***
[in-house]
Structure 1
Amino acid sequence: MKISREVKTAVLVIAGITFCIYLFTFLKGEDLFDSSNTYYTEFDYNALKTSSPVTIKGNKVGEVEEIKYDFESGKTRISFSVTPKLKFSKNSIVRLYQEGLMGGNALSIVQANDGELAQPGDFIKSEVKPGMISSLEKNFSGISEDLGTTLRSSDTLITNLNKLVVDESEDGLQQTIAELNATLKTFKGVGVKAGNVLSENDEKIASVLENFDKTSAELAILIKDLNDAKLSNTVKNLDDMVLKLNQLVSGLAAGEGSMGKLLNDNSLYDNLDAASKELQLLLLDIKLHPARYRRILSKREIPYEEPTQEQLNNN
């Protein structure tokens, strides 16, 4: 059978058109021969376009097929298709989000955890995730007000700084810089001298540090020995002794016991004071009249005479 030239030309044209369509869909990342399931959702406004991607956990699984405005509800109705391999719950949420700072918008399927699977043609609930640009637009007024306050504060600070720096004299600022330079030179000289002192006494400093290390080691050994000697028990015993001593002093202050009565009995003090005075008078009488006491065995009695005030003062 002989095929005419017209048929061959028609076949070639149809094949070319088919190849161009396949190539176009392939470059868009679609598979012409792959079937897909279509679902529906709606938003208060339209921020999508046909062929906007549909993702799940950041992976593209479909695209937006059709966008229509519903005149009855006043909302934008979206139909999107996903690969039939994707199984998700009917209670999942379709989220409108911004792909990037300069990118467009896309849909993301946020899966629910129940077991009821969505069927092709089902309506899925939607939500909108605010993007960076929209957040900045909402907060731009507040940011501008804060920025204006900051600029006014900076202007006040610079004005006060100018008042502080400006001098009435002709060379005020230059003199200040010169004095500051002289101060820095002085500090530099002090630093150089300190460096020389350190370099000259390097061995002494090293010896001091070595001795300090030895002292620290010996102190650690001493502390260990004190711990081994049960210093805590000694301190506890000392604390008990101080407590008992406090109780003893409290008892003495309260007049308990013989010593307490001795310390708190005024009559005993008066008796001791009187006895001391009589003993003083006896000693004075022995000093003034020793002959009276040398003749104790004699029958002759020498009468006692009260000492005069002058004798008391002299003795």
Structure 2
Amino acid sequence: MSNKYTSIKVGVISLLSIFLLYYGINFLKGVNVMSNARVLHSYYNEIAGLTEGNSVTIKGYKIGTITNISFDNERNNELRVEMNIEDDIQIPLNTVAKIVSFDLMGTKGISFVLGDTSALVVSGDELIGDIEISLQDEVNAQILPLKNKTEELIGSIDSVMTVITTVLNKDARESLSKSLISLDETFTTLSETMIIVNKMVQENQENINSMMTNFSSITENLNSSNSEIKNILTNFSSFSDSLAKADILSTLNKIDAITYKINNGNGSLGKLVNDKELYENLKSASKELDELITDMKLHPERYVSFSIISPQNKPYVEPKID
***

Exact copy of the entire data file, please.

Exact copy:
[in-house]
Structure 1
Amino acid sequence: MKISREVKTAVLVIAGITFCIYLFTFLKGEDLFDSSNTYYTEFDYNALKTSSPVTIKGNKVGEVEEIKYDFESGKTRISFSVTPKLKFSKNSIVRLYQEGLMGGNALSIVQANDGELAQPGDFIKSEVKPGMISSLEKNFSGISEDLGTTLRSSDTLITNLNKLVVDESEDGLQQTIAELNATLKTFKGVGVKAGNVLSENDEKIASVLENFDKTSAELAILIKDLNDAKLSNTVKNLDDMVLKLNQLVSGLAAGEGSMGKLLNDNSLYDNLDAASKELQLLLLDIKLHPARYRRILSKREIPYEEPTQEQLNNN
């Protein structure tokens, strides 16, 4: 059978058109021969376009097929298709989000955890995730007000700084810089001298540090020995002794016991004071009249005479 030239030309044209369509869909990342399931959702406004991607956990699984405005509800109705391999719950949420700072918008399927699977043609609930640009637009007024306050504060600070720096004299600022330079030179000289002192006494400093290390080691050994000697028990015993001593002093202050009565009995003090005075008078009488006491065995009695005030003062 002989095929005419017209048929061959028609076949070639149809094949070319088919190849161009396949190539176009392939470059868009679609598979012409792959079937897909279509679902529906709606938003208060339209921020999508046909062929906007549909993702799940950041992976593209479909695209937006059709966008229509519903005149009855006043909302934008979206139909999107996903690969039939994707199984998700009917209670999942379709989220409108911004792909990037300069990118467009896309849909993301946020899966629910129940077991009821969505069927092709089902309506899925939607939500909108605010993007960076929209957040900045909402907060731009507040940011501008804060920025204006900051600029006014900076202007006040610079004005006060100018008042502080400006001098009435002709060379005020230059003199200040010169004095500051002289101060820095002085500090530099002090630093150089300190460096020389350190370099000259390097061995002494090293010896001091070595001795300090030895002292620290010996102190650690001493502390260990004190711990081994049960210093805590000694301190506890000392604390008990101080407590008992406090109780003893409290008892003495309260007049308990013989010593307490001795310390708190005024009559005993008066008796001791009187006895001391009589003993003083006896000693004075022995000093003034020793002959009276040398003749104790004699029958002759020498009468006692009260000492005069002058004798008391002299003795």
Structure 2
Amino acid sequence: MSNKYTSIKVGVISLLSIFLLYYGINFLKGVNVMSNARVLHSYYNEIAGLTEGNSVTIKGYKIGTITNISFDNERNNELRVEMNIEDDIQIPLNTVAKIVSFDLMGTKGISFVLGDTSALVVSGDELIGDIEISLQDEVNAQILPLKNKTEELIGSIDSVMTVITTVLNKDARESLSKSLISLDETFTTLSETMIIVNKMVQENQENINSMMTNFSSITENLNSSNSEIKNILTNFSSFSDSLAKADILSTLNKIDAITYKINNGNGSLGKLVNDKELYENLKSASKELDELITDMKLHPERYVSFSIISPQNKPYVEPKID